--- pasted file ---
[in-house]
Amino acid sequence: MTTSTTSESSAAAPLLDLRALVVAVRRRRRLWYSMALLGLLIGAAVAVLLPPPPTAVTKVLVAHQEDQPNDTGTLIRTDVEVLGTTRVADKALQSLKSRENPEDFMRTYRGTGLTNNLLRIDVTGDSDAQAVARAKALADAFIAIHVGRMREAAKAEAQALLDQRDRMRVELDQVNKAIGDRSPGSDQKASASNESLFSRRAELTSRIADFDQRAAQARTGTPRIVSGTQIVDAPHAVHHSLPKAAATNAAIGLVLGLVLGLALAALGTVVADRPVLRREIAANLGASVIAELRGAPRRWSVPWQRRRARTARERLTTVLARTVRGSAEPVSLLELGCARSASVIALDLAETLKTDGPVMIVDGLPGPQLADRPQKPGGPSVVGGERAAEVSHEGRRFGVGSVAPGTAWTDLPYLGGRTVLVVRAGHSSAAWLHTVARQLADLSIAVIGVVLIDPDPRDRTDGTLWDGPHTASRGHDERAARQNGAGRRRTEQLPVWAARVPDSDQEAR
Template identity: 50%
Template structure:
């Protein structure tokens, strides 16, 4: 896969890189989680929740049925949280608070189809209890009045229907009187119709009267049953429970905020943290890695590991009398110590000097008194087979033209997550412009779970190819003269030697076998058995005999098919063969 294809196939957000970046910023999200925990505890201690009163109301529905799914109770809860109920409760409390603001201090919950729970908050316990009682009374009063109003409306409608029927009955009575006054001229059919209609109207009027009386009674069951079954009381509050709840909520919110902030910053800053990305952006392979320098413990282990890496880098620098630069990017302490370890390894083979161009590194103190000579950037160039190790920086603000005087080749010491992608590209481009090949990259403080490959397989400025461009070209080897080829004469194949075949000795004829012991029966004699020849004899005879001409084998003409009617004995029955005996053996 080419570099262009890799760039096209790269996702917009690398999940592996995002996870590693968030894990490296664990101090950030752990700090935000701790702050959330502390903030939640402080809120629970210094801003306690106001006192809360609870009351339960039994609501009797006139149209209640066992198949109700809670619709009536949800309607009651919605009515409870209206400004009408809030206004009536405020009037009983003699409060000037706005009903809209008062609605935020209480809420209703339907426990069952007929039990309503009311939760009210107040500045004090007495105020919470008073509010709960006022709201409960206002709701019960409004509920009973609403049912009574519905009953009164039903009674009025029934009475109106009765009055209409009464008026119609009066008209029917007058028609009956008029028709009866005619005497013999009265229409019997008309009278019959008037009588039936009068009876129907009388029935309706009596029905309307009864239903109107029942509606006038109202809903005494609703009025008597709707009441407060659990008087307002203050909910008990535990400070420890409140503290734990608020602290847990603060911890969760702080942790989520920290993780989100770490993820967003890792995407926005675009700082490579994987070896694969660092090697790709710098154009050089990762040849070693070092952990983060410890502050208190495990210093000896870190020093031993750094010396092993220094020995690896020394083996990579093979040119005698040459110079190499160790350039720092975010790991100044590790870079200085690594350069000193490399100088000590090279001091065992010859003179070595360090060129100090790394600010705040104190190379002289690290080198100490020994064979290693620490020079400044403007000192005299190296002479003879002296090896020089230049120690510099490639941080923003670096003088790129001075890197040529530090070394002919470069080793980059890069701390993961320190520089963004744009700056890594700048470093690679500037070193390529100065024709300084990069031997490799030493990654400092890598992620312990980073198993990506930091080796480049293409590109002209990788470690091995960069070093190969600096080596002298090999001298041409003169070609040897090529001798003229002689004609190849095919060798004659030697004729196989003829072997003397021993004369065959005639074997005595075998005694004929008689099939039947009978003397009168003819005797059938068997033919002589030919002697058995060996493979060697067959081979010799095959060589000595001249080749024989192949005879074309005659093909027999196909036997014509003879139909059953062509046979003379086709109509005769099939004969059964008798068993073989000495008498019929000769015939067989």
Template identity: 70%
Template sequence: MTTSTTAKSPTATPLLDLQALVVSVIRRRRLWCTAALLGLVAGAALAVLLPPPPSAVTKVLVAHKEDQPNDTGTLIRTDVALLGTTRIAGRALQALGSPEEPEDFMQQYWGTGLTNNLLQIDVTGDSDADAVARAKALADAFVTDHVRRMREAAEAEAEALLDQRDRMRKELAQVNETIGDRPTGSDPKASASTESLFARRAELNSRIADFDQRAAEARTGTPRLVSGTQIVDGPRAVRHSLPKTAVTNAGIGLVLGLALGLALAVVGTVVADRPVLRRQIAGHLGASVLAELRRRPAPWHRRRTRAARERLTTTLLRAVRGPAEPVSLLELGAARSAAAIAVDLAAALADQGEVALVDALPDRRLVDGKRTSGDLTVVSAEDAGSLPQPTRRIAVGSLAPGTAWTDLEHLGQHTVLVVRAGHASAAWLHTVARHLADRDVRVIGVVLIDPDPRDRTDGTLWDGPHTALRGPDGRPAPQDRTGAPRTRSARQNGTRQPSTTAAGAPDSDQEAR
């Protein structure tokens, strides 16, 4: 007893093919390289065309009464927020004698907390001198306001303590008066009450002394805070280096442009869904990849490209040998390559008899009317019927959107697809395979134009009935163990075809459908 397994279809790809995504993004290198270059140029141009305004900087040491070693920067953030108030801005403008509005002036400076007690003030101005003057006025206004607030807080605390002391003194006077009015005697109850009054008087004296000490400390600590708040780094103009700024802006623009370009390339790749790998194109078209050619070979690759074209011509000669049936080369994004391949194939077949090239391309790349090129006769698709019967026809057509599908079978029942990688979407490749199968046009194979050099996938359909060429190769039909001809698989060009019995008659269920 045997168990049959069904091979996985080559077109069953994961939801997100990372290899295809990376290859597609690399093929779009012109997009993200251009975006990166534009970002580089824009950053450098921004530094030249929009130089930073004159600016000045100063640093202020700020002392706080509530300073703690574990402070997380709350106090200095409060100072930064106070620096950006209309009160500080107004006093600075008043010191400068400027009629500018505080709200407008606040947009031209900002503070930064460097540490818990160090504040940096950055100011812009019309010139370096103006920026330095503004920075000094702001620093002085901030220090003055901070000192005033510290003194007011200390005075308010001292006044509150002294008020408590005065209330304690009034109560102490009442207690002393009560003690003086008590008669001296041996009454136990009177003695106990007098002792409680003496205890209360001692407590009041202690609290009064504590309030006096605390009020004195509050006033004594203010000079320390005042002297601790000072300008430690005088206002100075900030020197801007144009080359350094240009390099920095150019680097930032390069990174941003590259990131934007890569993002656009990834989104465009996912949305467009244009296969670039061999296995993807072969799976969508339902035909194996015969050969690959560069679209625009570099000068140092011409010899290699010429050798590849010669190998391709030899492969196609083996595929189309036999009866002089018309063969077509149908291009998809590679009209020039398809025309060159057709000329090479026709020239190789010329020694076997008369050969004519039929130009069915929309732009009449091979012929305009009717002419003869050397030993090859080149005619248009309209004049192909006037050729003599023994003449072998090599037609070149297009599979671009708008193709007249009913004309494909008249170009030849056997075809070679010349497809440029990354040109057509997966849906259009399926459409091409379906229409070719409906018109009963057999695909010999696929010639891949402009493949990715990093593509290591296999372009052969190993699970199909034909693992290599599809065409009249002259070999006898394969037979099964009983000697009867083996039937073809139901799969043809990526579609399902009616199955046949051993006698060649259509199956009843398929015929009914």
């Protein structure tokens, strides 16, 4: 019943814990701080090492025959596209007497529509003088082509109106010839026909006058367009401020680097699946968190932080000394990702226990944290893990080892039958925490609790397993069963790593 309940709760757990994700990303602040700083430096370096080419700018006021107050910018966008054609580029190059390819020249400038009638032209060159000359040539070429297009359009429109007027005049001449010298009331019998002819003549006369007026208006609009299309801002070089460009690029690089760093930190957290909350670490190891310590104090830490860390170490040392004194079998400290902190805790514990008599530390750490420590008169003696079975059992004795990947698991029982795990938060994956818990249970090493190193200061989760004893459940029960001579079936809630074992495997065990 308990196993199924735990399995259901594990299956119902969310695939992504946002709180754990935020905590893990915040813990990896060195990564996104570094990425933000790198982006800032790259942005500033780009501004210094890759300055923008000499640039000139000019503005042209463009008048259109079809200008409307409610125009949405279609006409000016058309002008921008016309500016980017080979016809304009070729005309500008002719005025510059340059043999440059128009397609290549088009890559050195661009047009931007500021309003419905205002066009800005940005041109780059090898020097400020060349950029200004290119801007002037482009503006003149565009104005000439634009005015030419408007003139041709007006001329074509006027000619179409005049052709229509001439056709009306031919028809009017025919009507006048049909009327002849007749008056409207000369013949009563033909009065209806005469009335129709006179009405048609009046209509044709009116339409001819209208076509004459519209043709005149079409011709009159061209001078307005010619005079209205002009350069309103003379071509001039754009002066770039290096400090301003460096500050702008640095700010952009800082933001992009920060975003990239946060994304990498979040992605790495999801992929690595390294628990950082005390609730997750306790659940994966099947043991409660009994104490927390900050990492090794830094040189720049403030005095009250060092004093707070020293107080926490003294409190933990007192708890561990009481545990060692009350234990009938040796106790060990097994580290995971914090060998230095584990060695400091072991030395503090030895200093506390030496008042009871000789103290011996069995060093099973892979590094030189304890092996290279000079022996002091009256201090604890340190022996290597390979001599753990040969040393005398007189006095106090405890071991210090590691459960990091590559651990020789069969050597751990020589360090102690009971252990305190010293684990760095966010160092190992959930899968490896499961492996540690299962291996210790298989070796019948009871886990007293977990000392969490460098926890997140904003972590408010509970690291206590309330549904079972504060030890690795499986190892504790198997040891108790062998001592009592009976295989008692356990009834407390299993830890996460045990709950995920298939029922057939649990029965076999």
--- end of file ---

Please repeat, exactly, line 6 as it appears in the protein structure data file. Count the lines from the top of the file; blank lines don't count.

Template identity: 70%